Rudy is me

A weblog (mostly) about PHP and TYPO3 development

A better PHP/TYPO3 development environment - Part 2: ddev

Running ddev in zsh

A good development environment can increase productivity and decrease frustration. For this you need the right tools. My basic development environment at the moment is an Ubuntu 20.04 desktop installation with Zsh, ddev and PhpStorm. In this series of articles I'll show you how to install and configure these tools. You will need a clean Ubuntu 20.04 desktop environment for this. I am assuming you know how to use command line tools and are at least a little familiar with Ubuntu/Linux.

In the first part of this series I discussed installing and configuring zsh, an efficient command line shell that will make typing command and navigating the command line much quicker and easier. In this second part I will discuss ddev. When you have multiple projects, requiring different versions of PHP, Apache/Nginx, Mysql/MariaDB and different settings, it can be difficult to do it all on a single development environment. Differences in versions and settings between the development and servers can also cause problems. Virtualization using Docker can fix this, but setting up images and maintaining them can be a lot of work. Ddev does this for you and makes it easy.

The first thing you will need to install is Docker and docker-compose. Both are available in apt, so you can install them using:

sudo apt-get install docker-compose

Next you will need to make sure your (non-root) user has access to Docker.

sudo usermod -aG docker $USER
newgrp docker

Test if you Docker works and you can access it by running the hello world Docker image. This is a test image which will only output some text (including "Hello World").

docker run hello-world

Next you'll need to install Homebrew. It's a package manager for MacOS, which is also available for Linux. It is the preferred (and easiest) way to install ddev.

sudo apt-get install build-essential curl file git
/bin/bash -c "$(curl -fsSL"
export PATH=/home/linuxbrew/.linuxbrew/bin:$PATH

If you're using bash instead of zsh, the last line should be replaced with:

hash -r

Now you're ready to install ddev.

brew tap drud/ddev && brew install ddev
mkcert -install

To create a development environment, just make and enter a directory and execute:

ddev config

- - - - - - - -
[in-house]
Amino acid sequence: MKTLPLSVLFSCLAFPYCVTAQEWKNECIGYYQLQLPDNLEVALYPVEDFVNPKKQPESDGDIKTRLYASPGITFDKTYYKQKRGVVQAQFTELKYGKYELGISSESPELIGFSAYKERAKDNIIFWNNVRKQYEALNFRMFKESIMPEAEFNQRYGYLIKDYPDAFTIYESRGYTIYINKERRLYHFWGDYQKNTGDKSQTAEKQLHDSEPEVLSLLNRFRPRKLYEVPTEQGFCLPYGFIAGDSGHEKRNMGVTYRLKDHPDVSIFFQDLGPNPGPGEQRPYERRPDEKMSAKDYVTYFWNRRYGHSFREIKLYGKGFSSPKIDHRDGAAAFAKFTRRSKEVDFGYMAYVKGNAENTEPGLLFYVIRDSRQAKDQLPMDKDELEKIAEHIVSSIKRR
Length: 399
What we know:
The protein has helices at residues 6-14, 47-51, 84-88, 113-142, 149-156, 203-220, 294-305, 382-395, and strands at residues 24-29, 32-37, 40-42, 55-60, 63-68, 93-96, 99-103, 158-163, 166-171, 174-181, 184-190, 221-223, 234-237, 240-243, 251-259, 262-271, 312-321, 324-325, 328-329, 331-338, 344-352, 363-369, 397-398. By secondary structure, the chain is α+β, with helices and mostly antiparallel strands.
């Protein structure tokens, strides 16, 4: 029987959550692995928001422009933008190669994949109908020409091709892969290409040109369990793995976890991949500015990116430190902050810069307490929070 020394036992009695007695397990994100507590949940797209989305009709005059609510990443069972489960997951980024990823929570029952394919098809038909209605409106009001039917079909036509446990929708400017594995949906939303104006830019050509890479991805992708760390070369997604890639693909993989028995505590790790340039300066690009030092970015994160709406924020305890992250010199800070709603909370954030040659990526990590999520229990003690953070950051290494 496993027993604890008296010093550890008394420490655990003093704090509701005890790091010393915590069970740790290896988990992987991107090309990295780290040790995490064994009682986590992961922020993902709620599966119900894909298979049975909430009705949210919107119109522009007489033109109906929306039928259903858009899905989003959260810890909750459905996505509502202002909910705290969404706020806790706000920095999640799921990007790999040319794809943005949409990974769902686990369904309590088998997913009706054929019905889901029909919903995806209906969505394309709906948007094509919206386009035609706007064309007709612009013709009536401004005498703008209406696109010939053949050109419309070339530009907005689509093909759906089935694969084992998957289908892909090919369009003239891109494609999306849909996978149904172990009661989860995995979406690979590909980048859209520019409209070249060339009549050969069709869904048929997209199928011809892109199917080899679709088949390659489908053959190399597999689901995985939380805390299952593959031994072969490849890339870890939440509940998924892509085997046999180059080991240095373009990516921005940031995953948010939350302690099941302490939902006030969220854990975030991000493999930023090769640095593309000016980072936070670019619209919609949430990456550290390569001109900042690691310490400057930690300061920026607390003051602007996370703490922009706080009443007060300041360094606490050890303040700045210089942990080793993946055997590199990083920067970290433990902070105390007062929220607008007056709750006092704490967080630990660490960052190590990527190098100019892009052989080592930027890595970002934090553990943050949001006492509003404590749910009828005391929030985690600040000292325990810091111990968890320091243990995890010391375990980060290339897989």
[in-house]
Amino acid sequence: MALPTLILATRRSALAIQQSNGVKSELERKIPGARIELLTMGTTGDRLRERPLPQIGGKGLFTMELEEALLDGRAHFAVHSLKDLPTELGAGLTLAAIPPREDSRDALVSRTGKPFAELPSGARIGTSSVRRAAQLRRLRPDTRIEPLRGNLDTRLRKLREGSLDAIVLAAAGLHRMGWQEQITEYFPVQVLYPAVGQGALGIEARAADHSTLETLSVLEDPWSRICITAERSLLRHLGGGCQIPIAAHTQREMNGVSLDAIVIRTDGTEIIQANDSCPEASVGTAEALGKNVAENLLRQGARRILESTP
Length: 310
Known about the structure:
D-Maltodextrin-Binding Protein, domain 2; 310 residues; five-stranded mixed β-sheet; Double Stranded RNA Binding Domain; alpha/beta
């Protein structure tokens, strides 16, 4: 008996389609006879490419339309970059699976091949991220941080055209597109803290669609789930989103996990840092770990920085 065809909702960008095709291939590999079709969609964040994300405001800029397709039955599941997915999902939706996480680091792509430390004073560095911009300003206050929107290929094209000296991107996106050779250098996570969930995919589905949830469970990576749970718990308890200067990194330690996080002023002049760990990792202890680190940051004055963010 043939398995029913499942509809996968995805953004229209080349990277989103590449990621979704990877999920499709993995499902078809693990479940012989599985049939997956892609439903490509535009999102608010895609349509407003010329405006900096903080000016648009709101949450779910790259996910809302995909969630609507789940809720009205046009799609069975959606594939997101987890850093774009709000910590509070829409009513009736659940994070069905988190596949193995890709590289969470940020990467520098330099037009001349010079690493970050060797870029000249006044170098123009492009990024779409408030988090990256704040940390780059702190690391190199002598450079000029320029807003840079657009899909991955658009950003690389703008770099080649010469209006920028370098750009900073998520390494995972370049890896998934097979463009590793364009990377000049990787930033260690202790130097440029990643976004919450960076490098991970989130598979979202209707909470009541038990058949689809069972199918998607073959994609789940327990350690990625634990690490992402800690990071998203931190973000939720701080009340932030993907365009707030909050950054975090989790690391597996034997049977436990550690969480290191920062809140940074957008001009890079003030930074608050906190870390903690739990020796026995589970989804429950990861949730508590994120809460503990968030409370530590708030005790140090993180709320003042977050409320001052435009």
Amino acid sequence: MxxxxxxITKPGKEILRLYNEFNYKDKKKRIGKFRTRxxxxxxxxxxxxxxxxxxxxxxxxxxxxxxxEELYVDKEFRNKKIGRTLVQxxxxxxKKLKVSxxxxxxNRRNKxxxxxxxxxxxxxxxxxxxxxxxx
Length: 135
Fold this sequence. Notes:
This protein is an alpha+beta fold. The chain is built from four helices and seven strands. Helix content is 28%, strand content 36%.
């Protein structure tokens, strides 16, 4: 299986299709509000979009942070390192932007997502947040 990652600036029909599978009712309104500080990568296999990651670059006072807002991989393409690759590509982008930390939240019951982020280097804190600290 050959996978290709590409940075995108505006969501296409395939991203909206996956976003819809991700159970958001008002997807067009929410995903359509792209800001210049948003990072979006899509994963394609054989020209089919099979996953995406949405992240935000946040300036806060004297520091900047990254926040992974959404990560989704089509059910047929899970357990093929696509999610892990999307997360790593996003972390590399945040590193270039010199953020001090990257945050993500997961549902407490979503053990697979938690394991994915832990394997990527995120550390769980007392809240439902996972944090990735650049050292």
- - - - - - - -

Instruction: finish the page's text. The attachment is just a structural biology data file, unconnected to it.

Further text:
After filling in a project name, docroot location and project type, this will create a configuration file: .ddev/config.yaml. By default it will currently be configured to use PHP 7.2 with an Nginx webserver and MariaDB version 10.2 database.

To change the PHP version, just set the desired value in the php_version variable. Currently the following versions are supported: "5.6", "7.0", "7.1", "7.2", "7.3" or "7.4".

The webserver type can be changed by setting the webserver_type variable to one of the following values: nginx-fpm, apache-fpm or apache-cgi.

For the database server you can either use MariaDB with the variable mariadb_version or MySQL with the variable mysql_version. MariaDB is currently available in versions 5.5, 10.0, 10.1, 10.2, 10.3 and 10.4. MySQL is currently available in versions 5.5, 5.6, 5.7, and 8.0. Only one of these variables should be set.

For other configuration options for ddev, see the ".ddev/config.yaml options" section of the ddev documentation.

Once you've set the options to your preferred values, you can start the ddev environment.

ddev start

The first time it will download the required Docker images. These are cached, so don't have to be downloaded every time you start a project or create a new project with the same settings, unless you've updated ddev. You can then access the project in a browser using the URL http(s):// or ddev can open a browser for you:

ddev launch

To connect to the database, set server, username, password and database name all to "db". The database can also be accessed through phpMyAdmin using the URL http(s):// and you can use the following command to import or export your database.

ddev import-db -f database.sql.gz
ddev export-db -f database.sql.gz

If you want to use composer with the ddev environment you can just add "ddev" before the composer command. For example:

ddev composer install

To execute any other command you can use:

ddev exec php index.php

To stop the ddev environment, just execute the following command:

ddev stop

To delete the Docker images for a project, you can use:

ddev delete -O

This will not delete your files or the ddev configuration, but it will delete the database.

More on the ddev commands can be found in the "Using the CLI" section of the ddev documentation.

In the third part of this series of articles I will discus PhpStorm. It should be online in a few weeks.

Edit 2020-06-30: Added installing build-essential, curl, file and git packages before Homebrew